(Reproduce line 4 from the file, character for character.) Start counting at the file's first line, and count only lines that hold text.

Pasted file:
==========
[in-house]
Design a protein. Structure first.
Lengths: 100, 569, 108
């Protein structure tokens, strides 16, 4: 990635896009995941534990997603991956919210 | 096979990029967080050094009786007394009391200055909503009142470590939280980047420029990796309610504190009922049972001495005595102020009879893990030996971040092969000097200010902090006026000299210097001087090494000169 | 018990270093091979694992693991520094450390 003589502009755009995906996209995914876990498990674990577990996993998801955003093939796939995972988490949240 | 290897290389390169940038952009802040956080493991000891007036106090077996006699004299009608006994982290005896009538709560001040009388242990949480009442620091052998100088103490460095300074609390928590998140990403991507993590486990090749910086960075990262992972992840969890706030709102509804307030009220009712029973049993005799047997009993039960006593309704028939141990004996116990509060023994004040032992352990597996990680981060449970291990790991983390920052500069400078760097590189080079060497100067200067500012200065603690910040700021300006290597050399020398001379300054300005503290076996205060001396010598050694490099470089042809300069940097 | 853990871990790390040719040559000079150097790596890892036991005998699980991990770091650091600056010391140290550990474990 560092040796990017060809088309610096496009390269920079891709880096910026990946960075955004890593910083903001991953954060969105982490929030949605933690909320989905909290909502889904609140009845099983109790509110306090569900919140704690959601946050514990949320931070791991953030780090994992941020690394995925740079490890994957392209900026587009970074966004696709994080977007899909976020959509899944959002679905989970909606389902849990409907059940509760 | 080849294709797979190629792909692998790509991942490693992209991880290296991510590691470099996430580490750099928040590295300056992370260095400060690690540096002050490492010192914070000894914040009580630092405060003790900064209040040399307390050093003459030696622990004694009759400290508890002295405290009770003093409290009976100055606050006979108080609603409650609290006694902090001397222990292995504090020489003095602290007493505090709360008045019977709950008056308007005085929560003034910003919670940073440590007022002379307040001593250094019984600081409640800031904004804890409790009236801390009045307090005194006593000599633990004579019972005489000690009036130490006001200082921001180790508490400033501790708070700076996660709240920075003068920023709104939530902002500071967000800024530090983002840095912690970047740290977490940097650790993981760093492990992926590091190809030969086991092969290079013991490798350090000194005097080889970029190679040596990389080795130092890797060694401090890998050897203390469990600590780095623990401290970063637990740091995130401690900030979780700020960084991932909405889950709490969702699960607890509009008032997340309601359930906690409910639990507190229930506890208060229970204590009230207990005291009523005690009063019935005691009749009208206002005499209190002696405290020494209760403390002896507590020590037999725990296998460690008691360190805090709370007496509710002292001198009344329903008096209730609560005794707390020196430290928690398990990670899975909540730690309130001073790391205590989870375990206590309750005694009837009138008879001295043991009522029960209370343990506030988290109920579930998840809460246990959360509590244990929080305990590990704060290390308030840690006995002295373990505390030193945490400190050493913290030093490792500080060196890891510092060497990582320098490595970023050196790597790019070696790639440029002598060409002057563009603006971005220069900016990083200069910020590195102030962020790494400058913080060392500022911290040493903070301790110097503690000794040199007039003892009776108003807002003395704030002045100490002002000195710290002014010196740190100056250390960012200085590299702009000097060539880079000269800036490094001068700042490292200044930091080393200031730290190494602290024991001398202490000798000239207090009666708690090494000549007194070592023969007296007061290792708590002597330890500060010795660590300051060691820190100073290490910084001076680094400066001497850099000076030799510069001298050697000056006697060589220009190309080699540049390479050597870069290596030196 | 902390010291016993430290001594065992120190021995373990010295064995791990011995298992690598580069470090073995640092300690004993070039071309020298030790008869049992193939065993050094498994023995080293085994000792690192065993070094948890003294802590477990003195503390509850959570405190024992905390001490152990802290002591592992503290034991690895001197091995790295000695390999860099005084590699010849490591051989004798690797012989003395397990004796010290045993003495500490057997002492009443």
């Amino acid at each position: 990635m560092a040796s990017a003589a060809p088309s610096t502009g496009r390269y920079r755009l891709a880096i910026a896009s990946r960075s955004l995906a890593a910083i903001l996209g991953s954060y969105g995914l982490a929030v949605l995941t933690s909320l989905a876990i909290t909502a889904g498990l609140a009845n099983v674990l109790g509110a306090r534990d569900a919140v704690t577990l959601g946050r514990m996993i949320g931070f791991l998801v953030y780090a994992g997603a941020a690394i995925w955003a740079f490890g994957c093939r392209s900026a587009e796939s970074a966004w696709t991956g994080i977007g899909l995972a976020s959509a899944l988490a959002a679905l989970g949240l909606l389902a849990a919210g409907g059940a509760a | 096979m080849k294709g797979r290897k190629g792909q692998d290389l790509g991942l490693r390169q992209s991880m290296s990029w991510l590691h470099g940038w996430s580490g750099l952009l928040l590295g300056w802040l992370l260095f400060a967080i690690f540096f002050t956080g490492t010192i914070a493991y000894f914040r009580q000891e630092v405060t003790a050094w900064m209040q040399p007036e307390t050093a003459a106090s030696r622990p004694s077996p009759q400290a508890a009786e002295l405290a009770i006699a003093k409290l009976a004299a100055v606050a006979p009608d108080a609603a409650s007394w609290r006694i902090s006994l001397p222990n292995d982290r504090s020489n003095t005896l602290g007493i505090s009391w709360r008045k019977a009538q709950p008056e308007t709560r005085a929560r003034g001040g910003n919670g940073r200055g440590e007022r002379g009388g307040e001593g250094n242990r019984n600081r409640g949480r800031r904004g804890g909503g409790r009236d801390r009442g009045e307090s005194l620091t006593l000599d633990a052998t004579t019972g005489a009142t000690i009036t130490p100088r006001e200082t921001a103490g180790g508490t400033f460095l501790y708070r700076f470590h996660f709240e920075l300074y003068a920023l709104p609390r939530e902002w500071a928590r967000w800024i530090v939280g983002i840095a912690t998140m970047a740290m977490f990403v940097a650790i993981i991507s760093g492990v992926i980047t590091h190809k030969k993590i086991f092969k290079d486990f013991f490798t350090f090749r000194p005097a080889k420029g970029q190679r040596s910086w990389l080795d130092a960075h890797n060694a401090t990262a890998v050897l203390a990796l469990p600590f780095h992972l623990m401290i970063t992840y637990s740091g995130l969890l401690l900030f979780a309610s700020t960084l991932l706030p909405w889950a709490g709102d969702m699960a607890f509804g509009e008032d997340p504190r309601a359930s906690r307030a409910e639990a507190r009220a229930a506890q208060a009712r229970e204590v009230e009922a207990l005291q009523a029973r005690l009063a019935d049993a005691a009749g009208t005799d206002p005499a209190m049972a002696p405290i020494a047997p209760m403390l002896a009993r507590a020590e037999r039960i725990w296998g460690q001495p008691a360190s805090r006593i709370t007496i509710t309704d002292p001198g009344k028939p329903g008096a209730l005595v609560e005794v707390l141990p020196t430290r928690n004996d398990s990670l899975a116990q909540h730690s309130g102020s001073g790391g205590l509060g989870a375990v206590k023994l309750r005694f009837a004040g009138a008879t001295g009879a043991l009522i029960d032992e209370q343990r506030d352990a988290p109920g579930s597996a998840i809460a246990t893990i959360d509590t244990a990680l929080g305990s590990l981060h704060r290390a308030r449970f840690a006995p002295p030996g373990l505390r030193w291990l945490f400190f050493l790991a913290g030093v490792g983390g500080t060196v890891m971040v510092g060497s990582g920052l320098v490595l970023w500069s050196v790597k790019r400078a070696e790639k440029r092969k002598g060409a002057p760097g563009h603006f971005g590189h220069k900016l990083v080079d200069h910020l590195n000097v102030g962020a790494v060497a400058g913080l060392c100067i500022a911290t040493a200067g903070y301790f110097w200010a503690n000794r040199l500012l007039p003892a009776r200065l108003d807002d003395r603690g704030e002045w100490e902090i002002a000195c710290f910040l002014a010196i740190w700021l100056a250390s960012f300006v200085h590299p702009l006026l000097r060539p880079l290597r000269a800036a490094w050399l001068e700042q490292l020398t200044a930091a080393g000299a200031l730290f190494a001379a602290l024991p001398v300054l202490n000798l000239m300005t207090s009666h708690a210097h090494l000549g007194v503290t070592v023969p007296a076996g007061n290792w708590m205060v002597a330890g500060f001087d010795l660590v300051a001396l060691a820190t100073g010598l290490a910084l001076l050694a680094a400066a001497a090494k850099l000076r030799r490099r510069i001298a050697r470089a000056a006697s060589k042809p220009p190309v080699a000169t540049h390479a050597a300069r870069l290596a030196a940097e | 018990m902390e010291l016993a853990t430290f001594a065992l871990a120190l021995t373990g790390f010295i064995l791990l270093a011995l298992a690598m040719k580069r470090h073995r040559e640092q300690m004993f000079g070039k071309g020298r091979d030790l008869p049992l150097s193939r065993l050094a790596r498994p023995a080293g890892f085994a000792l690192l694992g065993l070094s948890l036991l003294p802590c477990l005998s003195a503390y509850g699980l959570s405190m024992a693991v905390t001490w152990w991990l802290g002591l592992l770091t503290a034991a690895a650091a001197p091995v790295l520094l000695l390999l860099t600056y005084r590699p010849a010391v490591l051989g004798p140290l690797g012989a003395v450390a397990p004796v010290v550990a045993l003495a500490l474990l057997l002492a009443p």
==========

């Protein structure tokens, strides 16, 4: 990635896009995941534990997603991956919210 | 096979990029967080050094009786007394009391200055909503009142470590939280980047420029990796309610504190009922049972001495005595102020009879893990030996971040092969000097200010902090006026000299210097001087090494000169 | 018990270093091979694992693991520094450390 003589502009755009995906996209995914876990498990674990577990996993998801955003093939796939995972988490949240 | 290897290389390169940038952009802040956080493991000891007036106090077996006699004299009608006994982290005896009538709560001040009388242990949480009442620091052998100088103490460095300074609390928590998140990403991507993590486990090749910086960075990262992972992840969890706030709102509804307030009220009712029973049993005799047997009993039960006593309704028939141990004996116990509060023994004040032992352990597996990680981060449970291990790991983390920052500069400078760097590189080079060497100067200067500012200065603690910040700021300006290597050399020398001379300054300005503290076996205060001396010598050694490099470089042809300069940097 | 853990871990790390040719040559000079150097790596890892036991005998699980991990770091650091600056010391140290550990474990 560092040796990017060809088309610096496009390269920079891709880096910026990946960075955004890593910083903001991953954060969105982490929030949605933690909320989905909290909502889904609140009845099983109790509110306090569900919140704690959601946050514990949320931070791991953030780090994992941020690394995925740079490890994957392209900026587009970074966004696709994080977007899909976020959509899944959002679905989970909606389902849990409907059940509760 | 080849294709797979190629792909692998790509991942490693992209991880290296991510590691470099996430580490750099928040590295300056992370260095400060690690540096002050490492010192914070000894914040009580630092405060003790900064209040040399307390050093003459030696622990004694009759400290508890002295405290009770003093409290009976100055606050006979108080609603409650609290006694902090001397222990292995504090020489003095602290007493505090709360008045019977709950008056308007005085929560003034910003919670940073440590007022002379307040001593250094019984600081409640800031904004804890409790009236801390009045307090005194006593000599633990004579019972005489000690009036130490006001200082921001180790508490400033501790708070700076996660709240920075003068920023709104939530902002500071967000800024530090983002840095912690970047740290977490940097650790993981760093492990992926590091190809030969086991092969290079013991490798350090000194005097080889970029190679040596990389080795130092890797060694401090890998050897203390469990600590780095623990401290970063637990740091995130401690900030979780700020960084991932909405889950709490969702699960607890509009008032997340309601359930906690409910639990507190229930506890208060229970204590009230207990005291009523005690009063019935005691009749009208206002005499209190002696405290020494209760403390002896507590020590037999725990296998460690008691360190805090709370007496509710002292001198009344329903008096209730609560005794707390020196430290928690398990990670899975909540730690309130001073790391205590989870375990206590309750005694009837009138008879001295043991009522029960209370343990506030988290109920579930998840809460246990959360509590244990929080305990590990704060290390308030840690006995002295373990505390030193945490400190050493913290030093490792500080060196890891510092060497990582320098490595970023050196790597790019070696790639440029002598060409002057563009603006971005220069900016990083200069910020590195102030962020790494400058913080060392500022911290040493903070301790110097503690000794040199007039003892009776108003807002003395704030002045100490002002000195710290002014010196740190100056250390960012200085590299702009000097060539880079000269800036490094001068700042490292200044930091080393200031730290190494602290024991001398202490000798000239207090009666708690090494000549007194070592023969007296007061290792708590002597330890500060010795660590300051060691820190100073290490910084001076680094400066001497850099000076030799510069001298050697000056006697060589220009190309080699540049390479050597870069290596030196 | 902390010291016993430290001594065992120190021995373990010295064995791990011995298992690598580069470090073995640092300690004993070039071309020298030790008869049992193939065993050094498994023995080293085994000792690192065993070094948890003294802590477990003195503390509850959570405190024992905390001490152990802290002591592992503290034991690895001197091995790295000695390999860099005084590699010849490591051989004798690797012989003395397990004796010290045993003495500490057997002492009443």